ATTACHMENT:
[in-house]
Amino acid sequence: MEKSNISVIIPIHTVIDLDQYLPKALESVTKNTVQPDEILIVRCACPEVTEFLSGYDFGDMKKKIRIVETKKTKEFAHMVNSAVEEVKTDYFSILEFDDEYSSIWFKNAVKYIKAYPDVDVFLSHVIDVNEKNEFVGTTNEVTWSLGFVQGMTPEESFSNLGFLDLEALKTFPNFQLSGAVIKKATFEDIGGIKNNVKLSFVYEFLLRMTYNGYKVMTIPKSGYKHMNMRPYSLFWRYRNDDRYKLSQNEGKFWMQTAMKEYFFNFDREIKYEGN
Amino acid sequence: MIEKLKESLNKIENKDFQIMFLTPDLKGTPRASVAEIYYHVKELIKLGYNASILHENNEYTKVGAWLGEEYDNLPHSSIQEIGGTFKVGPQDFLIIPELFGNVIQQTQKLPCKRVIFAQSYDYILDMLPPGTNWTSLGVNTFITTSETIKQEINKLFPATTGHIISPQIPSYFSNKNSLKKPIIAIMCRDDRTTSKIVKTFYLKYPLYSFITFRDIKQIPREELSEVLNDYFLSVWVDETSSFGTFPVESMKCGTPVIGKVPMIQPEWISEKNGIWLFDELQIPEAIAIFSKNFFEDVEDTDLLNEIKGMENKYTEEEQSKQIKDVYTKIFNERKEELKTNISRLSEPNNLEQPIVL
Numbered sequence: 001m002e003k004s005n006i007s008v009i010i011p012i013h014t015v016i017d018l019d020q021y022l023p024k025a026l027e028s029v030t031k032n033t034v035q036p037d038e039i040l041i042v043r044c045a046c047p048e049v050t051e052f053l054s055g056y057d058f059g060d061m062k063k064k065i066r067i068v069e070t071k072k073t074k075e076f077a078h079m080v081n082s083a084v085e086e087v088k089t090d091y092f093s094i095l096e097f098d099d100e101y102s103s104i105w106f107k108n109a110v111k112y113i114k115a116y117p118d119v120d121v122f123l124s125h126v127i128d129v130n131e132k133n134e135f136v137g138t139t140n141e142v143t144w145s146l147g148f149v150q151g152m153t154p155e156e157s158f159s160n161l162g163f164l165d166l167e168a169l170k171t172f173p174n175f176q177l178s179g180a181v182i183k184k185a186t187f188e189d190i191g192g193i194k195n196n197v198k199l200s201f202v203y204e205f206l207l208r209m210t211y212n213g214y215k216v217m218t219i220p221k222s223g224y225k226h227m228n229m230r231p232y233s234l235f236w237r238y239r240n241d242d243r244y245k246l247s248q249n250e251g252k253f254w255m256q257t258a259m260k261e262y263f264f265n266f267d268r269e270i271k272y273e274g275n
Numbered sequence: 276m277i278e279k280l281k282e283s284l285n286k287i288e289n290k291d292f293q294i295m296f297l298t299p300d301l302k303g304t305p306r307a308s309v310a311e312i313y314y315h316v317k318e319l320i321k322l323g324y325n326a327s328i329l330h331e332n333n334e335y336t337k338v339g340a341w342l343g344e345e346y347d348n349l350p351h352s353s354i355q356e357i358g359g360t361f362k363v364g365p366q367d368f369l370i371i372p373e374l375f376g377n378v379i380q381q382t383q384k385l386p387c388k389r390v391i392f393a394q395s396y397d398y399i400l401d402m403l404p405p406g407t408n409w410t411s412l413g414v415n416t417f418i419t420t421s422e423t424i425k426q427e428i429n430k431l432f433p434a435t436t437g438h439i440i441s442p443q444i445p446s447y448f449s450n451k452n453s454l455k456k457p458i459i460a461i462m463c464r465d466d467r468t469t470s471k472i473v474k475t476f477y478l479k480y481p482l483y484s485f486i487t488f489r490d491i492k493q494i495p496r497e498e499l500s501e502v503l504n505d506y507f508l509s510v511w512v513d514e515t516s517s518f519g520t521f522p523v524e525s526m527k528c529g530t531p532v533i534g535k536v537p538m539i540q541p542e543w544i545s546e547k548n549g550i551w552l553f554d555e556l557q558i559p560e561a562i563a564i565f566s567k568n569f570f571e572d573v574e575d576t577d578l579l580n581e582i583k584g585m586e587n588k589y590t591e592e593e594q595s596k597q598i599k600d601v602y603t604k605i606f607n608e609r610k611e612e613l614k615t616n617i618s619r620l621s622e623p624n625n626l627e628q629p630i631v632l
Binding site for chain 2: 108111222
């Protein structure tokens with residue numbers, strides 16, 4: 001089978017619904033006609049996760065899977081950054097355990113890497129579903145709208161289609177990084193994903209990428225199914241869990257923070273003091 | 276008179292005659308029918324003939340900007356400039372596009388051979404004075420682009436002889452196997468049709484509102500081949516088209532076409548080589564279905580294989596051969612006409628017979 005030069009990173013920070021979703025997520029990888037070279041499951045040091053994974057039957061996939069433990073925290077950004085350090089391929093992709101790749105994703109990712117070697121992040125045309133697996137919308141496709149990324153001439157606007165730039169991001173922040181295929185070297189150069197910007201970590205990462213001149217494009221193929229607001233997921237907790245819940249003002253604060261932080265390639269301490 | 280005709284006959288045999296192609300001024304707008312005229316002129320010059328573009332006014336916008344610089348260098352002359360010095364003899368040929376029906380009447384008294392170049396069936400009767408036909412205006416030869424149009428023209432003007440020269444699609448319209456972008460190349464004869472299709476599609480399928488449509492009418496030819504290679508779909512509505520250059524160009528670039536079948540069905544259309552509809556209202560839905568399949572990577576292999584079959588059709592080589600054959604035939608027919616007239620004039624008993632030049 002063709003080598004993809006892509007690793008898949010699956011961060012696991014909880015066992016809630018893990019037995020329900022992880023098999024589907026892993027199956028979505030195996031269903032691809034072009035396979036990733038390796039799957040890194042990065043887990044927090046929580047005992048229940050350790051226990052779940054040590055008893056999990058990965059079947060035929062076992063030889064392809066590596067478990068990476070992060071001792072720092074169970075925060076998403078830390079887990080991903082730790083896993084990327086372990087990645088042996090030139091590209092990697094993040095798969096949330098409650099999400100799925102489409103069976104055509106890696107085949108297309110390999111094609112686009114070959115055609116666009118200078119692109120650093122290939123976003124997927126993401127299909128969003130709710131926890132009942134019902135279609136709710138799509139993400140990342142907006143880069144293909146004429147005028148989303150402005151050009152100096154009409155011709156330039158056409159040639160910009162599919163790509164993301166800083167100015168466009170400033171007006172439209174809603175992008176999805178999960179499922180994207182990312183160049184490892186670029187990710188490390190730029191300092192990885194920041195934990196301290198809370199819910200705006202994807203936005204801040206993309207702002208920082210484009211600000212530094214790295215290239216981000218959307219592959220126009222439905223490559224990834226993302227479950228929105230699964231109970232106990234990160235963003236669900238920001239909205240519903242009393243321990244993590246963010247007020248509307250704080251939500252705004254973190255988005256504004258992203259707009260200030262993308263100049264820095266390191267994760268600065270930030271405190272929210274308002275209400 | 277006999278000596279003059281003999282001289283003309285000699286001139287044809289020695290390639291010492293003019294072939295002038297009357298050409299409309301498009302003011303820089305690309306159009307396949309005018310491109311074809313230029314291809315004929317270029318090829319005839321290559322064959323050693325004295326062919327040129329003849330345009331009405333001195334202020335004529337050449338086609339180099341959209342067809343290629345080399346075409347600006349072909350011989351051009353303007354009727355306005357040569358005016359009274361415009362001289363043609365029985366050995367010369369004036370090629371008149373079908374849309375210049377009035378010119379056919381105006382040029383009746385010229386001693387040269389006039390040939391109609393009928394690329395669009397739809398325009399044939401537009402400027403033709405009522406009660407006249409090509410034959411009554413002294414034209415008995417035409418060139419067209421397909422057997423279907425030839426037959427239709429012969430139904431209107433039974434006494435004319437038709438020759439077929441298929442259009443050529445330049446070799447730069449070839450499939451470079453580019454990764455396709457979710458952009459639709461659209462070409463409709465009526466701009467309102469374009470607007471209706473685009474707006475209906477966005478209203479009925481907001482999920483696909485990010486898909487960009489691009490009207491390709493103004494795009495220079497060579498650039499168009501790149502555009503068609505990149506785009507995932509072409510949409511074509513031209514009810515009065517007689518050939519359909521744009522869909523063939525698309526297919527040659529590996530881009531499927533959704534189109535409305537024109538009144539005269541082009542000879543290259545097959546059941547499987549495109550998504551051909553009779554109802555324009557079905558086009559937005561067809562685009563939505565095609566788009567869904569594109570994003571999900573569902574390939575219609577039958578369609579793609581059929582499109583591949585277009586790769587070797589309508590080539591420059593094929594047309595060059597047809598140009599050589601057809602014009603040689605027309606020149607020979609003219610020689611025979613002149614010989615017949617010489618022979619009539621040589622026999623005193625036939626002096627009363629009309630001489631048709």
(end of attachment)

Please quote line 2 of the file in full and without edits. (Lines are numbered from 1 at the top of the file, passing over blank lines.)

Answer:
Amino acid sequence: MEKSNISVIIPIHTVIDLDQYLPKALESVTKNTVQPDEILIVRCACPEVTEFLSGYDFGDMKKKIRIVETKKTKEFAHMVNSAVEEVKTDYFSILEFDDEYSSIWFKNAVKYIKAYPDVDVFLSHVIDVNEKNEFVGTTNEVTWSLGFVQGMTPEESFSNLGFLDLEALKTFPNFQLSGAVIKKATFEDIGGIKNNVKLSFVYEFLLRMTYNGYKVMTIPKSGYKHMNMRPYSLFWRYRNDDRYKLSQNEGKFWMQTAMKEYFFNFDREIKYEGN